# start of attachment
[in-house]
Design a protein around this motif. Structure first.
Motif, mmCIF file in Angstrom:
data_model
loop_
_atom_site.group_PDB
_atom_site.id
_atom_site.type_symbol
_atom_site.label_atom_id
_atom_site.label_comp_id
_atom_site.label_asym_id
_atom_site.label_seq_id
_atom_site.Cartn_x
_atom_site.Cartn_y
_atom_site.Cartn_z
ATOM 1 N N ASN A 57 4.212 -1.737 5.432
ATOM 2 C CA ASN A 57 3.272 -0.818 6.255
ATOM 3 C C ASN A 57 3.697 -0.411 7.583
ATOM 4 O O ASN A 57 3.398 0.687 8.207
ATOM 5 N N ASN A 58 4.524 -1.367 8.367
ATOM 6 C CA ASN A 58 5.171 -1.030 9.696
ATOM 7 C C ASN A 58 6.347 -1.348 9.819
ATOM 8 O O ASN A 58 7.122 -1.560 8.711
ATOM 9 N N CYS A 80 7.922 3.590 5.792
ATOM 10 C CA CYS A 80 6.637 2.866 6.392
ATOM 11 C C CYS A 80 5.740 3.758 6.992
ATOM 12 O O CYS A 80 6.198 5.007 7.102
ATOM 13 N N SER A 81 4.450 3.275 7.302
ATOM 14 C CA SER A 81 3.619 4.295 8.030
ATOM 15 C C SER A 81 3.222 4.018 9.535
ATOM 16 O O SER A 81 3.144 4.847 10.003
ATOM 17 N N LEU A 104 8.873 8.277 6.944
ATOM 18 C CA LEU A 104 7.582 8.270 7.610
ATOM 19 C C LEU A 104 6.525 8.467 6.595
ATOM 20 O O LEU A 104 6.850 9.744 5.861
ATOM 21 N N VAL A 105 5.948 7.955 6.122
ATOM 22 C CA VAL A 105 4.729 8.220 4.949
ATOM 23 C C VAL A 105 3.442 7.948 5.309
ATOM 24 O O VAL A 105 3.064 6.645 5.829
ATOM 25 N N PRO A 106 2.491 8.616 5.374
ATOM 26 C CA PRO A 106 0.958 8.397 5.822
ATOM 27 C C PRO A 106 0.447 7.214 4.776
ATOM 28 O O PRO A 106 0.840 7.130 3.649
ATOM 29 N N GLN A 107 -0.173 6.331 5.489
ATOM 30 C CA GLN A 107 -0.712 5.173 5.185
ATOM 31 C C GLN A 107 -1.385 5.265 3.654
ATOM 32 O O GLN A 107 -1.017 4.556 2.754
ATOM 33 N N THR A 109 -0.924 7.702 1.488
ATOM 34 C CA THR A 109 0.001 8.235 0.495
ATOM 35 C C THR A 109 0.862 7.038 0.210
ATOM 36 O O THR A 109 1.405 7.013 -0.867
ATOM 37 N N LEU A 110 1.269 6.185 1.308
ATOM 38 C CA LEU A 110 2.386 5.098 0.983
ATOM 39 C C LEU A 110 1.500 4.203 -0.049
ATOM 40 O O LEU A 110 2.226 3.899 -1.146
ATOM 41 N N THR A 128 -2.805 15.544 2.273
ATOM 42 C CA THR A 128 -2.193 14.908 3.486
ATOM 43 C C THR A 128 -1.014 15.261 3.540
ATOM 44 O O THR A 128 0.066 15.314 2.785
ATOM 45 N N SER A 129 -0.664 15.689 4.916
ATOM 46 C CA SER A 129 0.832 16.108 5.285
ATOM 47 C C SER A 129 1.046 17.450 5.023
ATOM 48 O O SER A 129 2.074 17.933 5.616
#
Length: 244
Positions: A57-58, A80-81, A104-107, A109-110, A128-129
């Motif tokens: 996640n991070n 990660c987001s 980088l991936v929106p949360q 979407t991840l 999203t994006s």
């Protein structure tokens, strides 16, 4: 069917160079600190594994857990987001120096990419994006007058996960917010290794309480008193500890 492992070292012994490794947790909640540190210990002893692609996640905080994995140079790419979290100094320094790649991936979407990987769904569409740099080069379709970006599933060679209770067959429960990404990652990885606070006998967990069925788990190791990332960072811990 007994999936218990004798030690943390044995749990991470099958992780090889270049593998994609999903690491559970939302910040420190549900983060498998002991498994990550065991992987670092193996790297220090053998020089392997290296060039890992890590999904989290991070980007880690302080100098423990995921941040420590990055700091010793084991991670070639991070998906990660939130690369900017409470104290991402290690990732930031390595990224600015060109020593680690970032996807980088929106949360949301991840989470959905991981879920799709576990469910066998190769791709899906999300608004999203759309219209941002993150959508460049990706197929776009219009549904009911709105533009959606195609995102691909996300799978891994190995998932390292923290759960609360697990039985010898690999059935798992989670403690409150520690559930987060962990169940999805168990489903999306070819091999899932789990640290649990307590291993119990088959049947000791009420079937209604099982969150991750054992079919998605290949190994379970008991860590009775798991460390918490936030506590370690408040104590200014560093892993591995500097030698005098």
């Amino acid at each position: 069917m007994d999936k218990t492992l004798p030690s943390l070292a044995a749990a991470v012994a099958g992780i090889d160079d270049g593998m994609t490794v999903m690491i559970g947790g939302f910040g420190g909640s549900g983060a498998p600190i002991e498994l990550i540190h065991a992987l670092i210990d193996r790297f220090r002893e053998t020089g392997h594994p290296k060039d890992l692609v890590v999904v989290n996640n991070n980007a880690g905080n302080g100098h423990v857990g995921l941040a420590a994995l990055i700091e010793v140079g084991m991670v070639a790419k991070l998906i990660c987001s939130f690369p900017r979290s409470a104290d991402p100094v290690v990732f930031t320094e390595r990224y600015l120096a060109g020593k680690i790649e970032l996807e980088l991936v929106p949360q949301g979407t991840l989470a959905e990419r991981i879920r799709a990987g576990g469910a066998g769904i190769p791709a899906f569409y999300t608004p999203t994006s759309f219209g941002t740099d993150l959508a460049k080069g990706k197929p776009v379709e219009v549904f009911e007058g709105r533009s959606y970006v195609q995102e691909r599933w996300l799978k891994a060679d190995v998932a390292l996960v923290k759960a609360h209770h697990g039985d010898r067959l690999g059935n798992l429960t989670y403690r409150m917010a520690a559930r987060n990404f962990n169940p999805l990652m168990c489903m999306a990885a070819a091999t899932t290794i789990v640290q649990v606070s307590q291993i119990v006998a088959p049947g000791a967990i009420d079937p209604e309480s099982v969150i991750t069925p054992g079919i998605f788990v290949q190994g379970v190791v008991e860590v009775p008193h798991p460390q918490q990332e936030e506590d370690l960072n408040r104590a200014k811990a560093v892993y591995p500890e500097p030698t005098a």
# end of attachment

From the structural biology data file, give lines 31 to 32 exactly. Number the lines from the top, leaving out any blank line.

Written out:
ATOM 16 O O SER A 81 3.144 4.847 10.003
ATOM 17 N N LEU A 104 8.873 8.277 6.944